Home > Cambodian Football League, Sport News > Interview: Former Coach Scott O’Donell on football in Cambodia

Interview: Former Coach Scott O’Donell on football in Cambodia

Scott O’Donell
Managing the national team of Cambodia presents a unique set of
challenges.  For enthusiasts of the game interested in knowing about the
challenges and explore about football in the small South East Asian
nation of Cambodia, there is no better man to talk than Scott O’Donnell.
 A former footballer for Australia, O’Donnell was at the helm of the
Cambodia national team for a twin span that lasted 4 years.  When
Sportskeeda’s Renato caught up with the former Cambodia manager,
O’Donnell spoke about his past as a footballer, mainly in Singapore
where he played in the first edition of the Professional Football
League, and matters in Cambodia.
 
How do you analyse your experience in Cambodia?
It was rewarding and frustrating at the same time. I enjoyed working
with the players and my coaching staff, but after the President Ravy
Khek left Cambodian Football Federation (CFF), it was increasingly
difficult to get the support from CFF. With very little development
taking place it was always going to difficult for any coach to achieve
any kind of success as the players are not taught the basics – tactical
and technical aspects of the game – at a young age.
Do you rate the work of ex-President Ravy Khek as good at CFF?   What are your impressions about Cambodian football directors?
Ravy has not been involved with CFF for a few years now. I have no further comment to make about CFF.
What is the atmosphere like in the
Cambodian League? There are many Africans playing in Cambodia. Do you
think it is positive for development of Cambodian football?
Football is by far the number one sport in Cambodia. There are many
Africans playing in the local league, unfortunately the quality of these
players is not great. I doubt most of them are Professional players as
many are no better than the local players. So I don’t think the majority
of the current crop of players are helping to develop the game in
Cambodia. If the clubs were able to sign experienced, quality
professional foreign players, then I think it would undoubtedly help the
development of the game in Cambodia.
What are your memories from the first Singaporean Professional Football League editions in 1996 and ’97?
I played for four years in the S-League. The first year was amazing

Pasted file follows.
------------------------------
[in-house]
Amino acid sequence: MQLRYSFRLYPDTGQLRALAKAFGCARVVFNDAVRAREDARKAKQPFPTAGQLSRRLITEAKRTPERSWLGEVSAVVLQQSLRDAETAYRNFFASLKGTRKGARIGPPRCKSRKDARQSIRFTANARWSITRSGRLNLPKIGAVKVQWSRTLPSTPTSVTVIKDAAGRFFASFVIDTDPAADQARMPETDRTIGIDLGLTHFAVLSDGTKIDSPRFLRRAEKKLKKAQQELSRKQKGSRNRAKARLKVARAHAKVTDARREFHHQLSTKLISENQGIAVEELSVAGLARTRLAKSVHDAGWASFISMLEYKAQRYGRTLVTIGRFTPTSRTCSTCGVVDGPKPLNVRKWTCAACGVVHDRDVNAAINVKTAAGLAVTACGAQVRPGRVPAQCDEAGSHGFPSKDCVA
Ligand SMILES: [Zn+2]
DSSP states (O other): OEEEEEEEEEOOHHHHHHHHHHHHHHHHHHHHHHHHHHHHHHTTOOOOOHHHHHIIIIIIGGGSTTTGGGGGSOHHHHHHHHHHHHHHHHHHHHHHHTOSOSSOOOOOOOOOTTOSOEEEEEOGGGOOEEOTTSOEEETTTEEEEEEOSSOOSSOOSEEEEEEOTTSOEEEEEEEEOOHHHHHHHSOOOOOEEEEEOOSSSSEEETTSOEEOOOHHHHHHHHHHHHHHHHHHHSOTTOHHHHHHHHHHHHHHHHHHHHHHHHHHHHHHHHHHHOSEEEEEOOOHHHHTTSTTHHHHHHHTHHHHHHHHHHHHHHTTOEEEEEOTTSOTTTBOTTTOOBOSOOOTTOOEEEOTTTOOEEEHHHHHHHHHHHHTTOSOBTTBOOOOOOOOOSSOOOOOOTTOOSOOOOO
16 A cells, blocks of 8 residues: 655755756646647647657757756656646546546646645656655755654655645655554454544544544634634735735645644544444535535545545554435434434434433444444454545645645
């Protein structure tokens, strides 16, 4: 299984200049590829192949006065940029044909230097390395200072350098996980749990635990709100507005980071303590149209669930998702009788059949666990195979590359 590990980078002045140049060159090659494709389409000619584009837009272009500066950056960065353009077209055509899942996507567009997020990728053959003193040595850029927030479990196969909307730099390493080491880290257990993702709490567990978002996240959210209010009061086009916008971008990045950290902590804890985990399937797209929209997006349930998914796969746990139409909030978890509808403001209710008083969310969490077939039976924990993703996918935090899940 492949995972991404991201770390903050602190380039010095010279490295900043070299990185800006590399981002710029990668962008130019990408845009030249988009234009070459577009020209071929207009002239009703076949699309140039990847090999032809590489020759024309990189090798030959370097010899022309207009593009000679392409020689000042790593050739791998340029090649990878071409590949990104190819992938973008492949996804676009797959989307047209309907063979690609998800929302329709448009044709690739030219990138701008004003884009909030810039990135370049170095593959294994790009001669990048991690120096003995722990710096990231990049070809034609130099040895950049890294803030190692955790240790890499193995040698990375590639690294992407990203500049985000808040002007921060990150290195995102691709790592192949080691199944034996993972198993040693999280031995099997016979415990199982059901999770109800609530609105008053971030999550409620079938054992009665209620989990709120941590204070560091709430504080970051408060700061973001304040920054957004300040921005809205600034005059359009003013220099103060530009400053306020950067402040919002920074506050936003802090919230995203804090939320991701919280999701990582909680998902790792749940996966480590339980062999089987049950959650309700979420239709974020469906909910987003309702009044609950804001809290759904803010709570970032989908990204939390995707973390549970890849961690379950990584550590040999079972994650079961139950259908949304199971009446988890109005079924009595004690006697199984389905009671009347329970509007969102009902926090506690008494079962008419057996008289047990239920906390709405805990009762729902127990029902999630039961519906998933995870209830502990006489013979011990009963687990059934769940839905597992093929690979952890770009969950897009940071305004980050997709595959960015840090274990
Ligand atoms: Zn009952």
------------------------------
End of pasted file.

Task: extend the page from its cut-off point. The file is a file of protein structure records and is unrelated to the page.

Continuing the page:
with the amount of publicity, press and TV coverage and good crowds.
Those were very exciting times to be playing in Singapore. There were
some very good foreign players and the atmosphere was great.
Unfortunately that is no longer the case. The interest in local football
has evaporated and I have to say that the quality of foreign players
leaves a lot to be desired compared to 1996.
Singapore has vision and organization and Malaysia has big
crowds and passion. Where did you enjoy working as player and coach the
most?
Even now Malaysia is struggling with crowds. Only Selangor, Kelantan
and Terengganu manage to get good crowds these days. I enjoyed playing
in both Singapore and Malaysia. Both nations are very passionate about
football. Obviously playing in front of big crowds in Malaysia was great
from a player’s view point. I think it is very difficult at present in
Singapore to compete with the likes of the EPL and UEFA Champions
League.  Most people prefer to watch those leagues instead of the local
ones, but I think Football Association Singapore (FAS) are doing the
best to try and turn things around.  But for that to happen they need
the support of the clubs as well.
You played in Singapore against two all-time goalscoring
greats in the S-League: the Brazilian Egmar Gonçalves and the Croatian
Mirko Grabovac. Which of them was the more difficult opponent?
They were both very different players, both very good. I marked some
very good strikers in Australia and Malaysia too. Egmar was a very
consistent player for so long for Home United FC. He was strong and had
the knack of being in the right place at the right time to score so many
goals. We enjoyed some good battles on the field but I think there was
mutual respect between the two of us. Mirko Grabovac was a different
player to Egmar. Probably technically more skillful than Egmar but not
as physical or mobile, but still a very good striker.
 
We sincerely thank Scott O’Donnell for his valuable time and thoughts
and wish him the very best of luck in his future endeavours.
 
Sports Keeda
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